Danish Gaming Regulator Sanctions Unibet Over AML Violations
Spillemyndigheden, the Danish Gaming Regulatory Authority has sanctioned Unibet for failing to comply with AML and CDD regulations.
The Danish Gambling Authority (DAA) has taken action against Unibet Limited for breaching section 25(1) of the Anti-Money Laundering (AML) Act and sections 10(1), 11(1)(4), and 17(1) of Customer Due Diligence (CDD) rule. Unibet was sanctioned as it allowed a player to deposit DKK 1.4 million to his account between December 2016 and December 2018 without gathering information and verifying the source of income.
“This took place despite the fact that Unibet had noted in March 2015 that the player – who at the time was inactive – must be monitored if he became active again,” Spillemyndigheden explained.
In addition to this, the gaming watchdog has ordered Unibet to notify the Money Laundering Secretariat to correct an existing breach of the obligation to notify of section 26(1) of AML Act. However, Unibet has been given a deadline of two weeks to generate report.
Therefore, Unibet requested the alleged player to submit proper documents for the source of income in December 2018. Thereby, the gathered information proved that regulatory charges are valid.
Despite all the allegations, Unibet allowed the player to deposit DKK 1.8 million into account in 2019 as well until the account was frozen in April 2020.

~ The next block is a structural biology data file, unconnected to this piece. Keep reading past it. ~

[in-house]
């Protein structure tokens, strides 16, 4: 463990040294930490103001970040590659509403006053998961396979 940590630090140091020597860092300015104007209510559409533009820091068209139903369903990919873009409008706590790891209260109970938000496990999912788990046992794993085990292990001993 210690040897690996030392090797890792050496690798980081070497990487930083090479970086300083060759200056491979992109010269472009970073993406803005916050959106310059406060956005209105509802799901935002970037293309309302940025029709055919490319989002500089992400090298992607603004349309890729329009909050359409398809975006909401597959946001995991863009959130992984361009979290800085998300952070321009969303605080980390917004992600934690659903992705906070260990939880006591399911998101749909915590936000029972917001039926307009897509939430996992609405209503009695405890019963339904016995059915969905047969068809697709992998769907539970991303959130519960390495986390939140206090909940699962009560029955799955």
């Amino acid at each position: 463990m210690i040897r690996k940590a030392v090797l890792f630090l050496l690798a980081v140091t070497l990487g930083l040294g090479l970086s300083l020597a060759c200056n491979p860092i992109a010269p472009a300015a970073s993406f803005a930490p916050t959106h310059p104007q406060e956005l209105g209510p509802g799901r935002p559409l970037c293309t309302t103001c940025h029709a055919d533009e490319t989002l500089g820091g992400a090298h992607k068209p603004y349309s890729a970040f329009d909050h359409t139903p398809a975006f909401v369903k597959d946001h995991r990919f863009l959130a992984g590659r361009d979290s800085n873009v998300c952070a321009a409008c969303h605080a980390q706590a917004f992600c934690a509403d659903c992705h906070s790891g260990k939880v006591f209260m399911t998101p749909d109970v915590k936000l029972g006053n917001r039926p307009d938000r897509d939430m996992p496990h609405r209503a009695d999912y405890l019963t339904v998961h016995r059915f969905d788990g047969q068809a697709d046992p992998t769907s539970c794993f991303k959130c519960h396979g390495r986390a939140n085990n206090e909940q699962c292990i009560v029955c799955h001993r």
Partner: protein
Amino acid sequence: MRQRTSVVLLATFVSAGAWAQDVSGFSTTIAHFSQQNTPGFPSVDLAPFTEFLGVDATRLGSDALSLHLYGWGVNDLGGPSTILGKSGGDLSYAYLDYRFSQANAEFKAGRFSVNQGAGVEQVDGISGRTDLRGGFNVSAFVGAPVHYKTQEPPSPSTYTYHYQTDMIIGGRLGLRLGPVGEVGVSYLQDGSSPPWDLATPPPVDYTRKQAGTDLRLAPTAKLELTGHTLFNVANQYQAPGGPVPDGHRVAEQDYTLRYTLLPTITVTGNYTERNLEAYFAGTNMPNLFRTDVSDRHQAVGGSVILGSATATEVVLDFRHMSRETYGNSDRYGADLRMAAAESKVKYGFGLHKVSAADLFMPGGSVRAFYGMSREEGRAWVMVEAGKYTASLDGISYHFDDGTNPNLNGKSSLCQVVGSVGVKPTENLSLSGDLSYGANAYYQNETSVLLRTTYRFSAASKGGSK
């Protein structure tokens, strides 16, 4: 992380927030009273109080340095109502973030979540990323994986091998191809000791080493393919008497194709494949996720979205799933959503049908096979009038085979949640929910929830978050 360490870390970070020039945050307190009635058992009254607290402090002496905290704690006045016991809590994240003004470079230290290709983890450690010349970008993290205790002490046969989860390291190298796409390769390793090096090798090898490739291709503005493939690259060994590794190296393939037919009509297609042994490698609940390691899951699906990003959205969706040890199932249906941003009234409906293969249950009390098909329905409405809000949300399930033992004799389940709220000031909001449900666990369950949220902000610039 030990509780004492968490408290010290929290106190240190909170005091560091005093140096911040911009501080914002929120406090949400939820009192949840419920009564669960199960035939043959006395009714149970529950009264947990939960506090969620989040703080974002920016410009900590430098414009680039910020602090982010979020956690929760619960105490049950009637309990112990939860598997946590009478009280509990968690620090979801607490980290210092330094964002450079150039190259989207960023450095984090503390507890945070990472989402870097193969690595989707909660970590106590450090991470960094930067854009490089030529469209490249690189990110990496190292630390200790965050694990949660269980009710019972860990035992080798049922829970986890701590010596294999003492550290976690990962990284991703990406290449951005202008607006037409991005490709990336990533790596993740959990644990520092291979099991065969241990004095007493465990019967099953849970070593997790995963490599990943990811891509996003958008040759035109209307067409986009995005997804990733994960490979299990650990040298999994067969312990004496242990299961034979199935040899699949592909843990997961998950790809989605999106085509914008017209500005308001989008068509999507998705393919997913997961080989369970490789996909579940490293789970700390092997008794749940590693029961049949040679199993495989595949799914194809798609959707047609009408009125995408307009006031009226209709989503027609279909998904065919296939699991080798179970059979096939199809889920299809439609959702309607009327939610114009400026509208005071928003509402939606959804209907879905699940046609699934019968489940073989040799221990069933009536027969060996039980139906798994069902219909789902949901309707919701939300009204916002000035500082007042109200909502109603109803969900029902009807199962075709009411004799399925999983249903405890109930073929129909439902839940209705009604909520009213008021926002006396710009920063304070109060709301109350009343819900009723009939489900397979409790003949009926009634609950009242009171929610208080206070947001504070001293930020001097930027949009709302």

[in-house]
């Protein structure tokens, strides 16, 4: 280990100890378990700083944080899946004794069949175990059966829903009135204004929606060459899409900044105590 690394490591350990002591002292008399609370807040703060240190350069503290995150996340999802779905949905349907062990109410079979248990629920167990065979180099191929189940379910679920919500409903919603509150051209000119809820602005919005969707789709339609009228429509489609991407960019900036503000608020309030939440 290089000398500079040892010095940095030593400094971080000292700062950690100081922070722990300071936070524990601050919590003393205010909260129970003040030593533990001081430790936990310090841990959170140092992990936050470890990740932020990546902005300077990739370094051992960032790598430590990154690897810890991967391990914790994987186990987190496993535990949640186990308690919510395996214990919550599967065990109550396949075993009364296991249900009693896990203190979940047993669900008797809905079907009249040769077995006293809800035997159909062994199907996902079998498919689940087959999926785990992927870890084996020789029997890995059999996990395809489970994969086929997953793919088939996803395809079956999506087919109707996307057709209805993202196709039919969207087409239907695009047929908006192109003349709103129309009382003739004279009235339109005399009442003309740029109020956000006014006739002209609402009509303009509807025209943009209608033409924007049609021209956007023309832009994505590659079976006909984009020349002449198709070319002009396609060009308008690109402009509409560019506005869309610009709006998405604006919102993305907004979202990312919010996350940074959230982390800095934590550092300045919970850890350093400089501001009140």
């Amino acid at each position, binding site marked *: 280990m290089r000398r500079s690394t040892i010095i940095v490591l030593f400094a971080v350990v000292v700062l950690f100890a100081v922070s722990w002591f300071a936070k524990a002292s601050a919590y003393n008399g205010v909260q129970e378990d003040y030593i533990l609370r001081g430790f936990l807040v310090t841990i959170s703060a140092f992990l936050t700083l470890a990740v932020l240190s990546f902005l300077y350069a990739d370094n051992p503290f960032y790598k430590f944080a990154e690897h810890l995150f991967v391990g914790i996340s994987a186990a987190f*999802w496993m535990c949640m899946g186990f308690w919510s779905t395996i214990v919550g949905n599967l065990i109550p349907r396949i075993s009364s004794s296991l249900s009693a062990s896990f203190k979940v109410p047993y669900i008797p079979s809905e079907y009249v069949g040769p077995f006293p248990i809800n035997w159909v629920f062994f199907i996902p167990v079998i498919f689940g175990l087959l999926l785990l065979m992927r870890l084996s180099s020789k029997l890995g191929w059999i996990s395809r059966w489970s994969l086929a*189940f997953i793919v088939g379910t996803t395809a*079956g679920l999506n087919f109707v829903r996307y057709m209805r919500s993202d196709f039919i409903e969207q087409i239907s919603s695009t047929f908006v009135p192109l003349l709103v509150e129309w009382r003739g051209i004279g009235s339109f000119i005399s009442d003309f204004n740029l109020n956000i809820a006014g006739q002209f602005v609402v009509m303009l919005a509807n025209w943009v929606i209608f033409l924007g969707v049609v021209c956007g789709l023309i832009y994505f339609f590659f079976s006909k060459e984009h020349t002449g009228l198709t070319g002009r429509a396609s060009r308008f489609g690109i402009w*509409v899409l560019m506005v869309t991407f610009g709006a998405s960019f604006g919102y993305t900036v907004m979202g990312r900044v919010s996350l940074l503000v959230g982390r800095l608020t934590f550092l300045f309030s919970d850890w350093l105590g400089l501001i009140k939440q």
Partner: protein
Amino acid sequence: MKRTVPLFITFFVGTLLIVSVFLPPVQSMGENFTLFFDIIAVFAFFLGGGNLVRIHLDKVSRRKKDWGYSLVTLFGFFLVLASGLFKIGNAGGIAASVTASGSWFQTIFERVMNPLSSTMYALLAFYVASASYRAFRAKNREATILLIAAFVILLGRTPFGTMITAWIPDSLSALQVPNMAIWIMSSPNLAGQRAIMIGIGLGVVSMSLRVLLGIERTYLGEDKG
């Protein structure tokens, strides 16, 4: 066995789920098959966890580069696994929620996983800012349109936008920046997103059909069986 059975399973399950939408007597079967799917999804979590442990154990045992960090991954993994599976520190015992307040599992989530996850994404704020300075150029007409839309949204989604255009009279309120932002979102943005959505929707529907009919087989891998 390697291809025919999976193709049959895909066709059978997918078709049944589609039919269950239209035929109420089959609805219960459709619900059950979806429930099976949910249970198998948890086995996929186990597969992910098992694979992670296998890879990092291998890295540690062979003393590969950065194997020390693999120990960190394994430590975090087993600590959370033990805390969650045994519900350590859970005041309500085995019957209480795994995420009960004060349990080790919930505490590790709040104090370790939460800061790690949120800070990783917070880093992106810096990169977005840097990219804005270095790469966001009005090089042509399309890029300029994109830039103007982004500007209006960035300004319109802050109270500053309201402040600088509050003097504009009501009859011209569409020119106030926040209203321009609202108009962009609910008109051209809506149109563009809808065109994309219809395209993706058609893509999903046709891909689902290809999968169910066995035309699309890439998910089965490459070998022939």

Spillemyndigheden continued, “The order on the notification is given because Unibet in the same case has omitted to notify the Money Laundering Secretariat, although they already in 2015 had a suspicion which was never dismissed. Since Unibet has not yet notified the Money Laundering Secretariat, the breach still exists and consequently, Unibet has received an order to correct the situation by making a report.”
Ensuring gaming operators comply with AML compliance has been the viable objective of the Danish Gaming Authority in recent months. According to the terms of the Danish 2018 Gambling Act, all licensed betting service providers are required to report suspicious financial transactions to the Money Laundering Secretariat and Financial Investigation Unit (FIU) having the aim of protecting financial networks from criminal activists.
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